Ooo, yes, beware, you’ll hit many walls and (if not let go that previously mentioned thinking) you’ll be at the edge to just let all go many times, but don’t be lead into that temptation. That’s why making mistakes and laughing about them is so important. We all do them all the time and even I have learnt with all help of this community, to let them just be and go further, correcting previous ones and making new ones (or repeating old ones sometimes too).

Forgetting instantly. ooo, yes, i have that all the time. Iestyn says sentence in English and I should repeat it in Welsh but when English version finishes I don’t know what the sentence was all about at all. Then if I can remember some of the parts of it I all of a sudden forget the most common words I should know long ago and which should be stucked in me already. That’s how it goes. Forgetting and remembering happens all the time … Nothing unusual, unnormal or something what should put the wall into your brains.

And now … Here are many people from USA who might have or might have not encesters in Wales and they’re doing just brilliantly. I wouldn’t be surprised if you’d find out all of a sudden that one member here from USA lives just next door to you. You never know. :slight_smile:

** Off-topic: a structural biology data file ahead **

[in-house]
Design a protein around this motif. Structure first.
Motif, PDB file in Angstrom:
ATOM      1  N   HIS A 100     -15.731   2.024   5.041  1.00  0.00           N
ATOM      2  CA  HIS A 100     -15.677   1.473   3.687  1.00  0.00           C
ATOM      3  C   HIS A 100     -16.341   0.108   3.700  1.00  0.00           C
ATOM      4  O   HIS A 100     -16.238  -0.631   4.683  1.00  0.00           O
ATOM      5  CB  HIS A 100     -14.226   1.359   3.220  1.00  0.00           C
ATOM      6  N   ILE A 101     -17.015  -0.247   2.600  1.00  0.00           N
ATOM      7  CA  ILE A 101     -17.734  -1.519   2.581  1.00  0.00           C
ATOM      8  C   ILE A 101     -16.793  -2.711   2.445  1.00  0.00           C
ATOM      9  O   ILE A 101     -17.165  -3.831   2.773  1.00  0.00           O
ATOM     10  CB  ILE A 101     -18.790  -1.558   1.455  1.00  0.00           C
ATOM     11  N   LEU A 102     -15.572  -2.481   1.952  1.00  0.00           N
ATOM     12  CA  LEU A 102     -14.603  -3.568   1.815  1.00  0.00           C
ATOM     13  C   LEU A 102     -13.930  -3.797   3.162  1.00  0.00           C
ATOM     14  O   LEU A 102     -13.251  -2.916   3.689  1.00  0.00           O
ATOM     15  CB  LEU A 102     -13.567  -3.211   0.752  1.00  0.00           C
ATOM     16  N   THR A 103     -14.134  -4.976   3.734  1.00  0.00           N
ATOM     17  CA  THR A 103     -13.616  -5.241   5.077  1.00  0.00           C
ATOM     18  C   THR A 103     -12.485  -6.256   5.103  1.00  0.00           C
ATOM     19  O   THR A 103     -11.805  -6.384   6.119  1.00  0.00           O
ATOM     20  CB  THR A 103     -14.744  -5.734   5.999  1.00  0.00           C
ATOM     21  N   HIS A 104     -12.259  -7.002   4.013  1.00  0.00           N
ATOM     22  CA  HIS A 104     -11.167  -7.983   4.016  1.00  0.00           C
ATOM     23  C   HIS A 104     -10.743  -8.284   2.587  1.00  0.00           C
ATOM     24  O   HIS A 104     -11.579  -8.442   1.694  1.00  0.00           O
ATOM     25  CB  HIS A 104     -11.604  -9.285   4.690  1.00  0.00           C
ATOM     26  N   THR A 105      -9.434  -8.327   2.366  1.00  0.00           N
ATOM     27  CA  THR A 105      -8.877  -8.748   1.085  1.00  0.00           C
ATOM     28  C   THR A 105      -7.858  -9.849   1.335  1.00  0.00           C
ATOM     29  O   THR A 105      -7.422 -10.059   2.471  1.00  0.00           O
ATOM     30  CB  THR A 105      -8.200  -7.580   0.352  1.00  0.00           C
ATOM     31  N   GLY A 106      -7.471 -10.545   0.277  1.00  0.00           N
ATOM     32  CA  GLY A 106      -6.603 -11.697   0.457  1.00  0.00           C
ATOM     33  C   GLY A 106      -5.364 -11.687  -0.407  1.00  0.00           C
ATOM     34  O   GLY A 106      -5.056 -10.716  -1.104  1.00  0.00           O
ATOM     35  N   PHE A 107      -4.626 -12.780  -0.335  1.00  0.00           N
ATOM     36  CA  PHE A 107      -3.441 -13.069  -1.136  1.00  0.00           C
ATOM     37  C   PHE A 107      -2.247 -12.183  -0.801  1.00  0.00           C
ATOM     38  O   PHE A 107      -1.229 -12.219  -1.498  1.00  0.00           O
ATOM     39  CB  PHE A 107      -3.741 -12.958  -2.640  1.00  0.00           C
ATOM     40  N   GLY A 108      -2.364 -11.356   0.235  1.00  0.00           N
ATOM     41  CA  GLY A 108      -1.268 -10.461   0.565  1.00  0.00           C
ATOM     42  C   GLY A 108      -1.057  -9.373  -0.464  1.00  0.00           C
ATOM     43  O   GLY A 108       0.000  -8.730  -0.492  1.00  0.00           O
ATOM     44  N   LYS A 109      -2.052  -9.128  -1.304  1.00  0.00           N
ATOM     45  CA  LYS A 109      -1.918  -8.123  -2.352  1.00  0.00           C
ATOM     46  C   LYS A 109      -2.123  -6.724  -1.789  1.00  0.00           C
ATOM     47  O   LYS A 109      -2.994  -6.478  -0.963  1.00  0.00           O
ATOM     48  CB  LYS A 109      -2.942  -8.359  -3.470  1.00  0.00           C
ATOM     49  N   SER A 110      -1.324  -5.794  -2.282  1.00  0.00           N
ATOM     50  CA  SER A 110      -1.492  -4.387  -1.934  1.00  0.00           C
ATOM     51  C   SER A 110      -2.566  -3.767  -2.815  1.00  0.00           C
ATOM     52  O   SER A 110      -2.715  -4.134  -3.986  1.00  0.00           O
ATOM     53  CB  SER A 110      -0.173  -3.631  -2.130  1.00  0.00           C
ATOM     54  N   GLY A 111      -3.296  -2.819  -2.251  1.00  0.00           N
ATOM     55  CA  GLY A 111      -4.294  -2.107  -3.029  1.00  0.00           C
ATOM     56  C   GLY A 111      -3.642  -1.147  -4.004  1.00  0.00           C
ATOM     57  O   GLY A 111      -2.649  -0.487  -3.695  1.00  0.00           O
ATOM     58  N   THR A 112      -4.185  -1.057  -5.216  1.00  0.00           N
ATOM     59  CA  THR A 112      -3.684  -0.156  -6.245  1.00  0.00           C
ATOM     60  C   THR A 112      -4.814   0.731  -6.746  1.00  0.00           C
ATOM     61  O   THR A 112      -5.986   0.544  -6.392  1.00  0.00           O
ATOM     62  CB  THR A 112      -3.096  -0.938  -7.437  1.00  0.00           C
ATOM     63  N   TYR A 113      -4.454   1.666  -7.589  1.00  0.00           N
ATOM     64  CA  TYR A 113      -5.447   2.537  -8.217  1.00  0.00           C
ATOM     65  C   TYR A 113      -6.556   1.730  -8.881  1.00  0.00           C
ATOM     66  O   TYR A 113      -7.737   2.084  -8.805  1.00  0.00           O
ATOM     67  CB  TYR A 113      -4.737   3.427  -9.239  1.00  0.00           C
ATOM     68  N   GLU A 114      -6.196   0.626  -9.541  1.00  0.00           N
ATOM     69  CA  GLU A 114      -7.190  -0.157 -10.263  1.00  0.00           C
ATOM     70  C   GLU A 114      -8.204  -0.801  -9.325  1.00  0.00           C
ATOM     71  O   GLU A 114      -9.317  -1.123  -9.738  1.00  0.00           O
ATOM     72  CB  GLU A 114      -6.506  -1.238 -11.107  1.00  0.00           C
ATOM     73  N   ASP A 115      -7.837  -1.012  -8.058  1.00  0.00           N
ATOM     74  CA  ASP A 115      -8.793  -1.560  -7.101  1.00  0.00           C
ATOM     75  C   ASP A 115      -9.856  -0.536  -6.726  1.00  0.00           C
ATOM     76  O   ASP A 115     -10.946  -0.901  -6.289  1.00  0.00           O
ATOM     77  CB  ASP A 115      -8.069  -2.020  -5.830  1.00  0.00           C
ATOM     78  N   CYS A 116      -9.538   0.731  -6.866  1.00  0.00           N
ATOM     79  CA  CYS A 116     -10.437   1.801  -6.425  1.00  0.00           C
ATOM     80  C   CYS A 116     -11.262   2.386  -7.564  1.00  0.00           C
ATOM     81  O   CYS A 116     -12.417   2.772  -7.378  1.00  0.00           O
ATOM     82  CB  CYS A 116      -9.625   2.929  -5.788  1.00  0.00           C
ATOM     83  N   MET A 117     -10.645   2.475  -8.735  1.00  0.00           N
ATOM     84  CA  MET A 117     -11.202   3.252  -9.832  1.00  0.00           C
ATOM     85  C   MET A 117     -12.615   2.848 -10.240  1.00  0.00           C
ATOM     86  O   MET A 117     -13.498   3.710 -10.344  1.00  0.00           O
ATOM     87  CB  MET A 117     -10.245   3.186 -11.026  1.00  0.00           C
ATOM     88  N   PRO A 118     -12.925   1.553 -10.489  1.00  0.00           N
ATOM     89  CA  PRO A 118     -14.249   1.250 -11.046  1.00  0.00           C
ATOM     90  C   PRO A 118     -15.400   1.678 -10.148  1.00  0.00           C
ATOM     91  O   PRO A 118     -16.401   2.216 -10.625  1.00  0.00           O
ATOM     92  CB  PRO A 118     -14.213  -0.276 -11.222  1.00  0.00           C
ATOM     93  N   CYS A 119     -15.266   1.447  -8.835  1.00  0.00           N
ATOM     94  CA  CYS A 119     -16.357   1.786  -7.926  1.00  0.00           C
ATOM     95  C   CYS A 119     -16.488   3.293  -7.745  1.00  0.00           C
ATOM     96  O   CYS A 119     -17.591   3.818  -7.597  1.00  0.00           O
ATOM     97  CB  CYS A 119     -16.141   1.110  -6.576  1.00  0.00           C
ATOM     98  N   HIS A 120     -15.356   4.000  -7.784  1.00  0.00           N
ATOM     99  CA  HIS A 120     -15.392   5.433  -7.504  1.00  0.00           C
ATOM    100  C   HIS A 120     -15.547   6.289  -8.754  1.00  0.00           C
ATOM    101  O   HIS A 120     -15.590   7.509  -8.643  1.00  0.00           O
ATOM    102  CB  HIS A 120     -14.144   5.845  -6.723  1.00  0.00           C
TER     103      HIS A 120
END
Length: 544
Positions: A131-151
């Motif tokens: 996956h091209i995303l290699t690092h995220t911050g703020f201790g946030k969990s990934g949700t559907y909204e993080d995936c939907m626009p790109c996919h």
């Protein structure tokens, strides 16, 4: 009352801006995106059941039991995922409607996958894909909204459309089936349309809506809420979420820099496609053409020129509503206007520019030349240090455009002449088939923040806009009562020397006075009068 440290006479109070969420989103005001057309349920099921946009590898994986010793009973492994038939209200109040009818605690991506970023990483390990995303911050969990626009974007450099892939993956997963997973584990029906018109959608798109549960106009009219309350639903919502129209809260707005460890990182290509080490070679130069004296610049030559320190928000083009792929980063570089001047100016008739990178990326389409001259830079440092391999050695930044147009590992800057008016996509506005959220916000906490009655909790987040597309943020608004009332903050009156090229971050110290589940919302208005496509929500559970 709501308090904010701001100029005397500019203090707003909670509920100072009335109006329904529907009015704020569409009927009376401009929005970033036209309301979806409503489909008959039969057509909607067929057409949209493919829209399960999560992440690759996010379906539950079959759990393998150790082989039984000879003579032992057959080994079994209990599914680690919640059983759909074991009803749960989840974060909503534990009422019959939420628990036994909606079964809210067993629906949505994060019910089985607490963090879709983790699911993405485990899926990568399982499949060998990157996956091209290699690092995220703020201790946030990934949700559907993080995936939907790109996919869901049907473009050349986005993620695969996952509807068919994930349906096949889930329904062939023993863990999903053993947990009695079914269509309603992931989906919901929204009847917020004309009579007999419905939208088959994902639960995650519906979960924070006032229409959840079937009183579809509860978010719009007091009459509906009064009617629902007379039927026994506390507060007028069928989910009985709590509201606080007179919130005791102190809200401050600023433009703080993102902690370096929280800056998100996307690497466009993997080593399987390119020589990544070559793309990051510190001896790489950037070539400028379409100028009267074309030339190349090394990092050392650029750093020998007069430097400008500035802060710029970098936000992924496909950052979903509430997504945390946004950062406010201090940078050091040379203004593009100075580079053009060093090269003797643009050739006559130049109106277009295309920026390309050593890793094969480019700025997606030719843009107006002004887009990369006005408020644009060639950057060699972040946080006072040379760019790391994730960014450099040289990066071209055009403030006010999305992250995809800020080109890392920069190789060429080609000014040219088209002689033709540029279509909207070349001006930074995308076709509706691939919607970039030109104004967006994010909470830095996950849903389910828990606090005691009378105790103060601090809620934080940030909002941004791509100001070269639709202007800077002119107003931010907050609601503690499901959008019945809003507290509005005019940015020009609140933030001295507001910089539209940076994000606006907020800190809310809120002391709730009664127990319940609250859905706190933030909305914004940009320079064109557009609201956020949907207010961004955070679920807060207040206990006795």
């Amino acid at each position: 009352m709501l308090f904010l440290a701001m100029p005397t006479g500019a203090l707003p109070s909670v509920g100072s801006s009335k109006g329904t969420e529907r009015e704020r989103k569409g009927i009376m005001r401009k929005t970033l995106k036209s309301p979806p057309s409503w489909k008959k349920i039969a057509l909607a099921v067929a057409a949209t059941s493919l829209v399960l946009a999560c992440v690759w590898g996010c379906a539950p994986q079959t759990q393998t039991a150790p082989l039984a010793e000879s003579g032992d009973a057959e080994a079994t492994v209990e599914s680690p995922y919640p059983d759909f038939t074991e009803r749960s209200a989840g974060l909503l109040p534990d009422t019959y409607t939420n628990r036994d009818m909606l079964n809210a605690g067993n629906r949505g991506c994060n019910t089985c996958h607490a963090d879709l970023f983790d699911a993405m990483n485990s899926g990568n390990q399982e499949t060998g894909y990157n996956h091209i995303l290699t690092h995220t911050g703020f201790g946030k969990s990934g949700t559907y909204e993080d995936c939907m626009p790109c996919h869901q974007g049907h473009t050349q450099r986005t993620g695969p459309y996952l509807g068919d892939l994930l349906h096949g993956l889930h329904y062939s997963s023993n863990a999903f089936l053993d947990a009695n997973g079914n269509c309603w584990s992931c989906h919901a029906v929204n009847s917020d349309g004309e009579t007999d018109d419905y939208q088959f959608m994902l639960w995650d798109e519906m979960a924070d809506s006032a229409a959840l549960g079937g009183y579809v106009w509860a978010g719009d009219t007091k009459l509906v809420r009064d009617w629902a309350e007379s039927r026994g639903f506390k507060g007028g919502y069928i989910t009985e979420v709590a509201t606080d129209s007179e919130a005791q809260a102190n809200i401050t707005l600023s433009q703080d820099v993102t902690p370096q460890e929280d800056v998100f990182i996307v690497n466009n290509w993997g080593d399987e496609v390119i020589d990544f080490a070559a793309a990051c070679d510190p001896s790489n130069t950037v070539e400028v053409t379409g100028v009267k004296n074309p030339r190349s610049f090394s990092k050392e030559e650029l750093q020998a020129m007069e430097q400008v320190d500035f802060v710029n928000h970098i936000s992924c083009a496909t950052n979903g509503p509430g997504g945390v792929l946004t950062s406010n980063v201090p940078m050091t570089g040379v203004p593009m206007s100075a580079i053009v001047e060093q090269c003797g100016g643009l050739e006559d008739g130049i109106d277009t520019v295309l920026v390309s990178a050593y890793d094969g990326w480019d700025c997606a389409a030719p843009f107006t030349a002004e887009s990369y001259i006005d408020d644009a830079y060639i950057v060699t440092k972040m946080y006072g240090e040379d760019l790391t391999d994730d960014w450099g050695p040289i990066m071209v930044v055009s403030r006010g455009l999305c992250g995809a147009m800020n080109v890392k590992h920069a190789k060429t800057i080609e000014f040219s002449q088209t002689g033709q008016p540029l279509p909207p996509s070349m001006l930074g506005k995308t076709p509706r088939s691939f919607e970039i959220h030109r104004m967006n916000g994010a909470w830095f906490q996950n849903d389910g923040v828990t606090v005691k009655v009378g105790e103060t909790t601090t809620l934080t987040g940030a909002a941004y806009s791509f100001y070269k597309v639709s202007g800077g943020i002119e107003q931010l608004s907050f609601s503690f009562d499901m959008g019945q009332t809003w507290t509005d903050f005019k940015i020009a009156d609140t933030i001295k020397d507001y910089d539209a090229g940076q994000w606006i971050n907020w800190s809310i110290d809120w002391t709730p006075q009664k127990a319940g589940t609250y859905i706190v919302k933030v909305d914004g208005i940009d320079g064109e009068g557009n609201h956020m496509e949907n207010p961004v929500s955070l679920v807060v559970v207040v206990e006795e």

I have practically zero chance to speak Cymraeg to someone live either as I live in totally unrelated to Wales country - little tiny Slovenia - but this doesn’t stop me from learning at all. So you should do nothing less then succeed in your learning.

You’ve done brilliantly so far and you’ll do brilliantly in the future too. You’ll hit the wals and smash them with determination and non-self beating aproach (which I just have learnt to go with recently). You’ll become a Welsh speaker!

Chiers to that!
Tatjana :slight_smile:


Thanks, @tatjana! I appreciate the reminder not to dwell on thinking I’m not good at languages. That is tough for me. I suppose I should keep telling myself that I wasn’t good at learning languages the way it was taught in school, but this is a totally different thing! :slight_smile: